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As nearly 200 countries negotiate at the COP27 climate talks on reducing emissions, there's a call for greater regulation and transparency around prior and future pledges. A United Nations report targets governments, corporations and banks for what's called "greenwashing," or making false or exaggerated claims of progress. Jamie Hannan of Fossil Free Media joined William Brangham to discuss.
The talks at the COP 27 climate meetings in Egypt have been very difficult. There's even been growing tension about whether some countries will remain committed to prior pledges to try to limit the rise in average global temperatures.
Now, as nearly 200 countries negotiate on reducing emissions, a new report is calling for greater regulation and transparency around prior and future pledges.
William Brangham has more.
Judy, this United Nations report targets governments, corporations and banks for what's called greenwashing, or making false or exaggerated claims of progress.
It says any promise to reduce greenhouse gas emissions needs to be backed with actual evidence, and it challenges the idea that groups can claim to be moving in the right direction, while simultaneously investing in new fossil fuel projects.
For more on this push for greater clarity about what progress really means, I'm joined by Jamie Henn. He's director of the nonprofit Fossil Free Media and co-founder of 350.org, one of the biggest global climate change activist groups.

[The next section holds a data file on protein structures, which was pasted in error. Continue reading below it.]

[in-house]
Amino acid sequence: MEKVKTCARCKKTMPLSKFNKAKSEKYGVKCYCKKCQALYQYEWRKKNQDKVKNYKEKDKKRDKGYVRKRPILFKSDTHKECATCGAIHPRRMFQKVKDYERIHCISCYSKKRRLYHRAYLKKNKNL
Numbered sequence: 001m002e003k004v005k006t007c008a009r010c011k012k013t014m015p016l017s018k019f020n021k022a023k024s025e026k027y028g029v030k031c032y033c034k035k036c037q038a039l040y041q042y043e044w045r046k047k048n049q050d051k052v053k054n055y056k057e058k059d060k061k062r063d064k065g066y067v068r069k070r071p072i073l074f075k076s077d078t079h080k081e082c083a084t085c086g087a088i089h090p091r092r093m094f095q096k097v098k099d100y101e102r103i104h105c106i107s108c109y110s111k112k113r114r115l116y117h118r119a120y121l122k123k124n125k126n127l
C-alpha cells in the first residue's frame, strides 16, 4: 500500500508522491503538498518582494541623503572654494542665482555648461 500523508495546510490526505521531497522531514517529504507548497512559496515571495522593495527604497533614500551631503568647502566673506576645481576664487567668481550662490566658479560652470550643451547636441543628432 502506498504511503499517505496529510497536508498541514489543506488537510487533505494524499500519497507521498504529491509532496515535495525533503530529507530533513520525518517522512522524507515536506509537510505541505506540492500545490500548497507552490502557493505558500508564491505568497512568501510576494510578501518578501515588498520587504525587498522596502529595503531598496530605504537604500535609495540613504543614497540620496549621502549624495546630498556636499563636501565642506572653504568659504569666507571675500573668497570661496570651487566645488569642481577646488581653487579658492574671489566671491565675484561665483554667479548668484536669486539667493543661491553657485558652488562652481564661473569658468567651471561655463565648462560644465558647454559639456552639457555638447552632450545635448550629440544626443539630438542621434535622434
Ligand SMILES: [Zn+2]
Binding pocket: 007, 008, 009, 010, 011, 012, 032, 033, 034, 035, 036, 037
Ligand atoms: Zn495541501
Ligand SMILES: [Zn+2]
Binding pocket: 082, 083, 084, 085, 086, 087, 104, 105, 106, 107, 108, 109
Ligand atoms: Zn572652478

Jamie, great to have you on the "NewsHour."
So, the U.N. is decrying this issue of greenwashing. Meanwhile, in Egypt, we have all of these countries and companies pledging to do better, many of them simultaneously deploying ongoing coal plants. How serious a problem is this? And, from your perspective, who are the biggest culprits?
Jamie Henn, Founder, Fossil Free Media:
Well, I think greenwashing is a serious problem, in part because greenwashing has become a new form of climate denial.
Greenwashing as an idea is when companies or banks or institutions pretend that they are doing more for the climate than they actually are. And we see this around specific products like pretending a shampoo is free range, organic, climate-positive, when, really, it's the same old chemicals.
But we also see it around entire industries, where the fossil fuel industry or the financial sector will pretend that they're taking bold action to address the climate crisis, when, in fact, they're just continuing business as usual. So I think it's really important to see the United Nations calling this out and taking this problem head on.
So, the E.U. financial regulators said they're also going to try to tackle this issue.
What would a realistic sort of fact-check or enforcement mechanism to try to crack down on greenwashing actually look like?
Well, I think that we really need to focus on where greenwashing takes place, which is in advertising and public relations.
Our Clean Creatives campaign has tracked billions of dollars of advertising from the fossil fuel industry and allied industries. And a huge majority of that advertising is about their supposed climate credentials.
Take one company like Chevron. Over 80 percent of their advertising mentions words like sustainable, environment, clean, but only less than 2 percent of Chevron's actual capital expenditures are going into climate solutions. So that's not just greenwashing. That's really lying. And that's false advertising, something that we already regulate, and supposedly we already take a close look at.
So, strengthening the ability for our regulatory agencies, like the FTC here in the United States, to really take a closer look at these statements and hold corporations accountable if they're not doing their part is one place to start.
Hold them accountable would be what? Regulatory actions, lawsuits, public naming and shaming campaigns? What would that look like?
I think all of the above.